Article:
The earliest reports of iodine deficiency emerged from China, almost 5000 years ago. Nature came to the rescue in the form of sea weeds and many of those who ate sea weeds actually weeded out the problem of iodine deficiency. Perhaps it is due to the consumption of seaweeds that the Japanese do not suffer from iodine deficiency.
Initially iodine deficiency did not get the attention it deserves, although, 'goiter', which is a visible symptom of the deficiency, can be a spot on an otherwise flawless appearance. Far from just the looks of it, iodine deficiency can cause deleterious effects on the brain, and can trigger a major setback to the social and economic development of many countries.
Iodine deficiency is the main cause of avertable mental retardation and brain damage and an important reason for abysmal child survival rates. Equally well known is that, iodine deficiency causes goiters, while hampering growth and development. Pregnant women with iodine deficiency run an enhanced risk of miscarriages, stillbirths, and several other difficulties. Children who suffer Iodine deficiency disorder (IDD) may grow up dwarfed, mentally retarded, indifferent, and in the worst case even handicapped to the extent of normal movements, speech, or hearing.
The dangerous consequences of IDD show up as abortion, stillbirth and mental retardation. This can be offset by ensuring that everyone, especially women of child-bearing age and young children, consume sufficient amount of iodine. Iodine consumption can be enhanced by encouraging a diet containing fish. Alternatively, Lugol, an iodine solution or iodine-containing tablets can be resorted to.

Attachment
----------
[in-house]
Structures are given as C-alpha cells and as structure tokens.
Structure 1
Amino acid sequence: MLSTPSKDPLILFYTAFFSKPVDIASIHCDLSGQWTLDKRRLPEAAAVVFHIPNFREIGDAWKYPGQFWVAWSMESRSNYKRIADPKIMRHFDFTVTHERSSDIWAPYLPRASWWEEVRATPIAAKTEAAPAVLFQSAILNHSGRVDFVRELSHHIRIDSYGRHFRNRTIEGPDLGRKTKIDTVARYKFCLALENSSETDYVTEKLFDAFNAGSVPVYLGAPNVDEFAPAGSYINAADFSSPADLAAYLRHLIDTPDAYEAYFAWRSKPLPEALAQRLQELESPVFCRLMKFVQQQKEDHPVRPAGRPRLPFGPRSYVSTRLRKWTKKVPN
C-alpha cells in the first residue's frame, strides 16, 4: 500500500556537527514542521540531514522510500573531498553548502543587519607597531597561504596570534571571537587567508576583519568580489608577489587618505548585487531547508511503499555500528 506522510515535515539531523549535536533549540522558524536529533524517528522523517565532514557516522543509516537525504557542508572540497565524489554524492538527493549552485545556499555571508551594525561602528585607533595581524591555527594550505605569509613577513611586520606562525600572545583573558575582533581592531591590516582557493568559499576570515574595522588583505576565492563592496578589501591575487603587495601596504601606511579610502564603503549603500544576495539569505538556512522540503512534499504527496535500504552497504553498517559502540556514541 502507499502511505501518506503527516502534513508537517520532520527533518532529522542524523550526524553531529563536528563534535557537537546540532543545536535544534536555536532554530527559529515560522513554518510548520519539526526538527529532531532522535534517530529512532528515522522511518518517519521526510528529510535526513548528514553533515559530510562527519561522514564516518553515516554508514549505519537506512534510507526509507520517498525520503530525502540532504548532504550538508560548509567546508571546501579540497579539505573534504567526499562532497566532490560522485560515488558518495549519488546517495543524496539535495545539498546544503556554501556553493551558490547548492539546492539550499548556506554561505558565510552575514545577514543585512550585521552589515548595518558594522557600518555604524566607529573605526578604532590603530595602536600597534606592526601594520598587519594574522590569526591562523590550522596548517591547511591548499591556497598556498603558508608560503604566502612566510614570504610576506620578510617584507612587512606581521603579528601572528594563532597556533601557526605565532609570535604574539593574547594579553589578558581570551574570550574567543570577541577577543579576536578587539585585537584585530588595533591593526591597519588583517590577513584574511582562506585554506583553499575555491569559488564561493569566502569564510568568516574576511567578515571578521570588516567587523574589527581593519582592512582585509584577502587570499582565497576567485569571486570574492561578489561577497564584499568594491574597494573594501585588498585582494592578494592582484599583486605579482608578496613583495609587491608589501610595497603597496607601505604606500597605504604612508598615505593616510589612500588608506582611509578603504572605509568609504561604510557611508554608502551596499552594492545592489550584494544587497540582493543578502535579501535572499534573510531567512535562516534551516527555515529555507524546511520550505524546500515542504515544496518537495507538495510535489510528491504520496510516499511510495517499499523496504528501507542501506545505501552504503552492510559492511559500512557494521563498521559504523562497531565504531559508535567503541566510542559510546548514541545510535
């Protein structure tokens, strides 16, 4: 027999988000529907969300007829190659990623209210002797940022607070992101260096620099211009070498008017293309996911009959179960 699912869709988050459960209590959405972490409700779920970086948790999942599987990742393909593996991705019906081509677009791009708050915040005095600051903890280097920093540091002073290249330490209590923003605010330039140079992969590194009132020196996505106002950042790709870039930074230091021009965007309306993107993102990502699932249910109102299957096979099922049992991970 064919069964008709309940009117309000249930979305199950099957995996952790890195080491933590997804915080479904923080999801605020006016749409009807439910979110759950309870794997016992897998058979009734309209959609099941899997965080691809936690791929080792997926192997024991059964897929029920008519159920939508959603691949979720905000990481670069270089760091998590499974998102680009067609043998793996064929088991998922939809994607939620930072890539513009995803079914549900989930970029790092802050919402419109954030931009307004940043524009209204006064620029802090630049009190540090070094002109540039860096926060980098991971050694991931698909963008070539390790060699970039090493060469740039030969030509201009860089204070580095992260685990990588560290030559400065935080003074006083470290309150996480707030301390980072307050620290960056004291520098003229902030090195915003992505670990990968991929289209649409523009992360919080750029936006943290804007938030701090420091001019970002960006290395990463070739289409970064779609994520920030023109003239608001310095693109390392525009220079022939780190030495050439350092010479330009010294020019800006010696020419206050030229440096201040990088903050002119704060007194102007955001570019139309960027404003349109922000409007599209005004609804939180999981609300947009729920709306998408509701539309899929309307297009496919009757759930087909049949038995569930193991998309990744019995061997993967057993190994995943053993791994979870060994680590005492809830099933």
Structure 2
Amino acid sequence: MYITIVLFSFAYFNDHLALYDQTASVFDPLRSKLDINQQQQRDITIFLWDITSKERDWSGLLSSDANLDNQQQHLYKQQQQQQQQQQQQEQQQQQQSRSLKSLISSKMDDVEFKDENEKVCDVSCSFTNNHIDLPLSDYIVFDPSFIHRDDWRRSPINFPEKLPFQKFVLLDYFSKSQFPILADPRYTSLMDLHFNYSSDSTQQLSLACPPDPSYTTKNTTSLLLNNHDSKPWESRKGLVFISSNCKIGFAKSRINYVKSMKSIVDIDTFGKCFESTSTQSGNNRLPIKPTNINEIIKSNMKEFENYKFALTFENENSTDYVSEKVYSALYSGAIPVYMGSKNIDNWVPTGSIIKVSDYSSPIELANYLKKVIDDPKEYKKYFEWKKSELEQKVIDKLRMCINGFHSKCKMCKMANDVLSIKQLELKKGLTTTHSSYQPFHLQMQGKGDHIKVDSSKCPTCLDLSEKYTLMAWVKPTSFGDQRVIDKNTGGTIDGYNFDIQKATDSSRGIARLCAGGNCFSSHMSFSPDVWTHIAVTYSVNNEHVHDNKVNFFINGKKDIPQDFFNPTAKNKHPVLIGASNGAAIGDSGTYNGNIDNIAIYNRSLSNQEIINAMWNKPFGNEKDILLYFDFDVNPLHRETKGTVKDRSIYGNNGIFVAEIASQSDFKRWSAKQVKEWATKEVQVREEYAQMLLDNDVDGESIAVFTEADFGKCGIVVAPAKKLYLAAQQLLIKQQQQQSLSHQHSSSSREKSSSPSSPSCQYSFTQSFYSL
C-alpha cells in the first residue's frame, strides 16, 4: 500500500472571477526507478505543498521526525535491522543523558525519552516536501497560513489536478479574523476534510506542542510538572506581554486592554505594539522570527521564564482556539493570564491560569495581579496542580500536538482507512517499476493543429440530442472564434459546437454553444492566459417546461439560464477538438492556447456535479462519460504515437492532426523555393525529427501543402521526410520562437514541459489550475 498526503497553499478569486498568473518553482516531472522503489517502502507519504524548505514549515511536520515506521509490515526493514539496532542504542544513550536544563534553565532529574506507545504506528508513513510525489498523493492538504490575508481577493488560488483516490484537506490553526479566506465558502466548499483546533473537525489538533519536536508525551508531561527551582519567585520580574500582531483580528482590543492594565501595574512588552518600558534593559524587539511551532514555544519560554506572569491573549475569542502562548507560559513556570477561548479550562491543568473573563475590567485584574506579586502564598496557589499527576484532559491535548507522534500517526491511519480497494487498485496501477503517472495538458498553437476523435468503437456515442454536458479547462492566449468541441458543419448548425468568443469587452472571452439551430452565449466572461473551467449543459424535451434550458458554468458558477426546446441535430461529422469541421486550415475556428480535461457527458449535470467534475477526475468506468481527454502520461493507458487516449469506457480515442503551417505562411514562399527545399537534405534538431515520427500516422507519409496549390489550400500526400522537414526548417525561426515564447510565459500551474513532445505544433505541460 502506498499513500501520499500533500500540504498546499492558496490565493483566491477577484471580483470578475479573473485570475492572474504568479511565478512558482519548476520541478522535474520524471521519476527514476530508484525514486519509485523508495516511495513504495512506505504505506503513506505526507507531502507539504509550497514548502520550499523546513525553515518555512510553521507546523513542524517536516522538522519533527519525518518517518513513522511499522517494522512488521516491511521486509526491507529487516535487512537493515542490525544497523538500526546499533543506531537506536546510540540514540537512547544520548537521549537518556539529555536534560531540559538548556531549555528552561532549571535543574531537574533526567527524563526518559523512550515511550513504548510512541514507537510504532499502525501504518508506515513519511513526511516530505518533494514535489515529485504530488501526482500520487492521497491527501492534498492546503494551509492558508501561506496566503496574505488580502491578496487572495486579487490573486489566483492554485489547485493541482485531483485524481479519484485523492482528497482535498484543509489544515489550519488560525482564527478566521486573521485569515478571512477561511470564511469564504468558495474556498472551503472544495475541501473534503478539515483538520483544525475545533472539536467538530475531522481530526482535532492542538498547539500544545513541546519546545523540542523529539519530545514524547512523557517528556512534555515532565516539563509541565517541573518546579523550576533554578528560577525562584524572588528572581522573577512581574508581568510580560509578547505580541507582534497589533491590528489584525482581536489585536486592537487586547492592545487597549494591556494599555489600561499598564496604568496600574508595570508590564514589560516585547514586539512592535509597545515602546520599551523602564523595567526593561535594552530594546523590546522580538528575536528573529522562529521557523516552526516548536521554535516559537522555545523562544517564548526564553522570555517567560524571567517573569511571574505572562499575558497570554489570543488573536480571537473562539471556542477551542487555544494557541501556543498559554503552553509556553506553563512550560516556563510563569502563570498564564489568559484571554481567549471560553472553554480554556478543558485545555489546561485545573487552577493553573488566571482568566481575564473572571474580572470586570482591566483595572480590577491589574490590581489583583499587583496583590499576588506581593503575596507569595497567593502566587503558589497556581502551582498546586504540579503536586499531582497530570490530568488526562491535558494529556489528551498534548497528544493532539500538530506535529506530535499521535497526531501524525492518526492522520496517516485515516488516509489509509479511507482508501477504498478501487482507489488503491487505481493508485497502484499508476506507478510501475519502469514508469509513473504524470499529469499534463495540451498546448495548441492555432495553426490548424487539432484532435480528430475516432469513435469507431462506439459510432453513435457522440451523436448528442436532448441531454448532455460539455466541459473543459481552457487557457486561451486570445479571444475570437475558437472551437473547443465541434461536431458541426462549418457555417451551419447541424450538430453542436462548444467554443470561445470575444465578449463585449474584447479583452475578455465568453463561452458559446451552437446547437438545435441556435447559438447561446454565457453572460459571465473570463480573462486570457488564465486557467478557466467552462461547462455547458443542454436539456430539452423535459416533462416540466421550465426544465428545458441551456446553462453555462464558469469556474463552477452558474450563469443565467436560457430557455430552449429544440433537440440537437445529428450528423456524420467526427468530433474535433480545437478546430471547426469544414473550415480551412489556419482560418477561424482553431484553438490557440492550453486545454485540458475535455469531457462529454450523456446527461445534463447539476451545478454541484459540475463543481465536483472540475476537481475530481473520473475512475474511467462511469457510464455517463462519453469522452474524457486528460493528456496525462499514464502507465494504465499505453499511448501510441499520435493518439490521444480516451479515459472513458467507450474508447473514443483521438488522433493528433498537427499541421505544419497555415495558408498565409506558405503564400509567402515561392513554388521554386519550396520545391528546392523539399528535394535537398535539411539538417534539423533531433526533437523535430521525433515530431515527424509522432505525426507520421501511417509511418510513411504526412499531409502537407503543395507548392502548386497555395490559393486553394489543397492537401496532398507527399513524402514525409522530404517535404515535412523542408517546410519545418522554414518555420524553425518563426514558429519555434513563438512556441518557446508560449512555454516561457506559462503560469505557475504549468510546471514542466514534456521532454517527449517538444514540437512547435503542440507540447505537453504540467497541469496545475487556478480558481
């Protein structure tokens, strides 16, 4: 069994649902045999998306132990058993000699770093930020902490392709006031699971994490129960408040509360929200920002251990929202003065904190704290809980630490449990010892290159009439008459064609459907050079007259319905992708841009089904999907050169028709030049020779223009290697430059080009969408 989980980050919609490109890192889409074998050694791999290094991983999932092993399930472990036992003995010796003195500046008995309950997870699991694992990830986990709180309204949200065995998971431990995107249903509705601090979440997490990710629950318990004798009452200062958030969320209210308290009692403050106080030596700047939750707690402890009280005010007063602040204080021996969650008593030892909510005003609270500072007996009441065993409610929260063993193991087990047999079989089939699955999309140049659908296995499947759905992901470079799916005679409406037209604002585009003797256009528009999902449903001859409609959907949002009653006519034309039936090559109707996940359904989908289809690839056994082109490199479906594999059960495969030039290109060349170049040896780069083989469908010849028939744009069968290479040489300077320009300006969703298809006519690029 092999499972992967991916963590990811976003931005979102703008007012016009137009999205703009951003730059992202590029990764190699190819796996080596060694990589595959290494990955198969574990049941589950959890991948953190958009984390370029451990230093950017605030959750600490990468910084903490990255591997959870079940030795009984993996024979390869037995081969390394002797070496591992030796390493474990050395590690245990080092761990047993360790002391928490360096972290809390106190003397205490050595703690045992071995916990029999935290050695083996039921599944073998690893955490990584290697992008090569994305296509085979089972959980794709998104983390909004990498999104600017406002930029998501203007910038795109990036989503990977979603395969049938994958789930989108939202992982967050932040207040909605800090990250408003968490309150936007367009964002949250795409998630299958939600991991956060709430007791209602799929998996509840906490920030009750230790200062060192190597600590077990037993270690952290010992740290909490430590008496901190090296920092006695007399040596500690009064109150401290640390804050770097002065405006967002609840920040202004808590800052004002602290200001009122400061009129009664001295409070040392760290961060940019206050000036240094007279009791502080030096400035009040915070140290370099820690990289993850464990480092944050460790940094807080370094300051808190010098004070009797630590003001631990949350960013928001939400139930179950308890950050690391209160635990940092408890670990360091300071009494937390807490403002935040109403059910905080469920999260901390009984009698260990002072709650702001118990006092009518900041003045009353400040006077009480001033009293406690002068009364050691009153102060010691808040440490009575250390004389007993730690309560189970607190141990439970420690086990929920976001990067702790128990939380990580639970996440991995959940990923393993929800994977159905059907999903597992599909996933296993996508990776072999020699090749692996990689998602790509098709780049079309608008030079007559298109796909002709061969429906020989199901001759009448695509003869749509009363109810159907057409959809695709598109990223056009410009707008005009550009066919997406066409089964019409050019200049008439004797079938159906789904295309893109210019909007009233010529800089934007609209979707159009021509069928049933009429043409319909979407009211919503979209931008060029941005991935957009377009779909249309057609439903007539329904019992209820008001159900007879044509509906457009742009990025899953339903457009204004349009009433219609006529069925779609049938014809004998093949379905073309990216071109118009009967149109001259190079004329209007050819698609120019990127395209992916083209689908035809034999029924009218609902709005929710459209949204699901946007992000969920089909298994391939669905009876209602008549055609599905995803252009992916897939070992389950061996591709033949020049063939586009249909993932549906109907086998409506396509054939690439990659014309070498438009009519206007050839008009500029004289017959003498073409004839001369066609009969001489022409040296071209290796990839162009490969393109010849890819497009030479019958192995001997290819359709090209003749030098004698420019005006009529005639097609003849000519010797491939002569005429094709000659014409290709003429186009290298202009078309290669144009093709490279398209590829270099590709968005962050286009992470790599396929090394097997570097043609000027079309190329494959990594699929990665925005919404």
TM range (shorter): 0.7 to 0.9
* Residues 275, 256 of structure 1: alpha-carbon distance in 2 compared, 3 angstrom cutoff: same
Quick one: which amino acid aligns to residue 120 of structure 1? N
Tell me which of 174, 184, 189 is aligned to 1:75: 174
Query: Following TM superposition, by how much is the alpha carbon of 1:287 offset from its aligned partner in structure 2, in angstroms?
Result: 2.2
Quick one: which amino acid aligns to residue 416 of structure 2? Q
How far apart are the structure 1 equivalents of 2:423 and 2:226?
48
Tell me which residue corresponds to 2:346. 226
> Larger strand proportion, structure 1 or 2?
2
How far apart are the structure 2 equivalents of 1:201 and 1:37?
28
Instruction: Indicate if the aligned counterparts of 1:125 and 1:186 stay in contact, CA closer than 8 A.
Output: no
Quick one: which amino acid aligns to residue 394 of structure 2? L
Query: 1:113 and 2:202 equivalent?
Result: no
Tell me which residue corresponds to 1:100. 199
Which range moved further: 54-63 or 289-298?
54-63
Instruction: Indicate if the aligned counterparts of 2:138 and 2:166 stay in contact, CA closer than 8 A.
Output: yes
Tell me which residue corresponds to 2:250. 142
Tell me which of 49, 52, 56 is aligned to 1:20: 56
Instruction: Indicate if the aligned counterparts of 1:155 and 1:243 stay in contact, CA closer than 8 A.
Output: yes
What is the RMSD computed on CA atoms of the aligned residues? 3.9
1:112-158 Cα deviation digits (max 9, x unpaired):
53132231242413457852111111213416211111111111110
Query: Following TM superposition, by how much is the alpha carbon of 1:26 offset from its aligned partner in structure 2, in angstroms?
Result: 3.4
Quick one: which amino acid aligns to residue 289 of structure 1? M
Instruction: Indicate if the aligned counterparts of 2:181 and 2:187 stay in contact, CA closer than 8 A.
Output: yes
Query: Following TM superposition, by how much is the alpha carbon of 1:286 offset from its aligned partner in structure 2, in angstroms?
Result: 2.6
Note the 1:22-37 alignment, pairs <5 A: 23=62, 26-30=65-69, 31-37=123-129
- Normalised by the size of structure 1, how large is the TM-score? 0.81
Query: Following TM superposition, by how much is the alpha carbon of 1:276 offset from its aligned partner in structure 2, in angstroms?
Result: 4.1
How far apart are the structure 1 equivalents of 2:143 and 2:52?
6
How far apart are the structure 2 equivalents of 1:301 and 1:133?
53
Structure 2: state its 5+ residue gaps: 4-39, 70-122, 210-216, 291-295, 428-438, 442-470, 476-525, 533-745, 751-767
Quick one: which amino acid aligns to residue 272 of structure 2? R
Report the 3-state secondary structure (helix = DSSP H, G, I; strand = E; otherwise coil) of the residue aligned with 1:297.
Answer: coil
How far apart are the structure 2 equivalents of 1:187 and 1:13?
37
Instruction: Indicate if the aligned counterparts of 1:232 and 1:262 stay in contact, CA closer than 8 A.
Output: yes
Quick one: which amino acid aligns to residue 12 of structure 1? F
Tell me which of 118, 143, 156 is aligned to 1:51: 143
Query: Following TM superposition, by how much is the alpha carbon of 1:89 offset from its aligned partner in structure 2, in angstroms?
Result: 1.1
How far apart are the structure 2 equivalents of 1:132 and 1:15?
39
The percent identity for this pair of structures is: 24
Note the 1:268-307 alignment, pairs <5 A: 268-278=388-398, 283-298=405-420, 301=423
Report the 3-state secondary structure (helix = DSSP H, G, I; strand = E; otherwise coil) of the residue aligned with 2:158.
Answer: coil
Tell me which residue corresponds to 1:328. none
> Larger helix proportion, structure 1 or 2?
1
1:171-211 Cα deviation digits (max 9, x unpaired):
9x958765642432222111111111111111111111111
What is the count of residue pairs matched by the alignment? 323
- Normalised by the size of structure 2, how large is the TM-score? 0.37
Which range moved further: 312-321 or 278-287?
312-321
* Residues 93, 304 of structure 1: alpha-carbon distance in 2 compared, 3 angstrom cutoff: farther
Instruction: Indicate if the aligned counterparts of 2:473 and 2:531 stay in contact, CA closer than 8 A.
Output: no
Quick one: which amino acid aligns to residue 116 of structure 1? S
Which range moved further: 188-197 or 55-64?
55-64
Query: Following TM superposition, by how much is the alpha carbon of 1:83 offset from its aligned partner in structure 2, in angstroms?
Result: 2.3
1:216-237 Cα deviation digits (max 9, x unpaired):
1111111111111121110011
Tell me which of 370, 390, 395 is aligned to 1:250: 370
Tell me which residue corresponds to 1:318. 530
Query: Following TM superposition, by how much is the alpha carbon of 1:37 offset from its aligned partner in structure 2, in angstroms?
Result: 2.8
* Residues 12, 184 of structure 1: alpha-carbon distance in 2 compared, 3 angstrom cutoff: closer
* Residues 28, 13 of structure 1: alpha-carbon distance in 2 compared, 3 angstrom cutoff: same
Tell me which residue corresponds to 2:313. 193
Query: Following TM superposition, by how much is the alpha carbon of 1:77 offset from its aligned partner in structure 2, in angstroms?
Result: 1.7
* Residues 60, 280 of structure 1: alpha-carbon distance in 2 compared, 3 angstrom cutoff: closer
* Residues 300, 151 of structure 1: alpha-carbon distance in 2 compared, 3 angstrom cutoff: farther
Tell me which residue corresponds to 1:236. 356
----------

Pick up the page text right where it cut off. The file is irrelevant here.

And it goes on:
While the above mentioned methods do ensure intake of iodine, yet it is fraught with uncertainty, of consuming too little or too much iodine. A sure-shot way to prevent IDD is to ensure that everybody consumes iodized salt. Just eating iodized salt in place of non-iodized salt, in the usual quantities, is more than sufficient to prevent IDD. Further iodized salt does not cause harm to people who already consume sufficient iodine. Contrary to popular belief, sea salt does not contain adequate quantity of iodine.
The Food and Nutrition Board, Institute of Medicine, National Academy of Sciences, USA, has offered an ''Estimated Average Requirement". These values form the basis of the recommended daily allowance. The recommendations for daily intake are as follows: the AI for infants 0-6 months is 110 mcg iodine and 7-12 months, 130 mcg; the RDA's are: 1-8 years old, 90 mcg; 9-13 years, 120 mcg; 14 and older, 150 mcg; pregnancy, 220 mcg; lactation, 290 mcg. The Food and Nutrition Board has also decided the upper limits of the daily iodine intake as 1.1 mg (1100 mcg) for adults, with balanced lower level for the younger lot.
So reach out for the handy solution right in your very homes, just a spoon of salt away!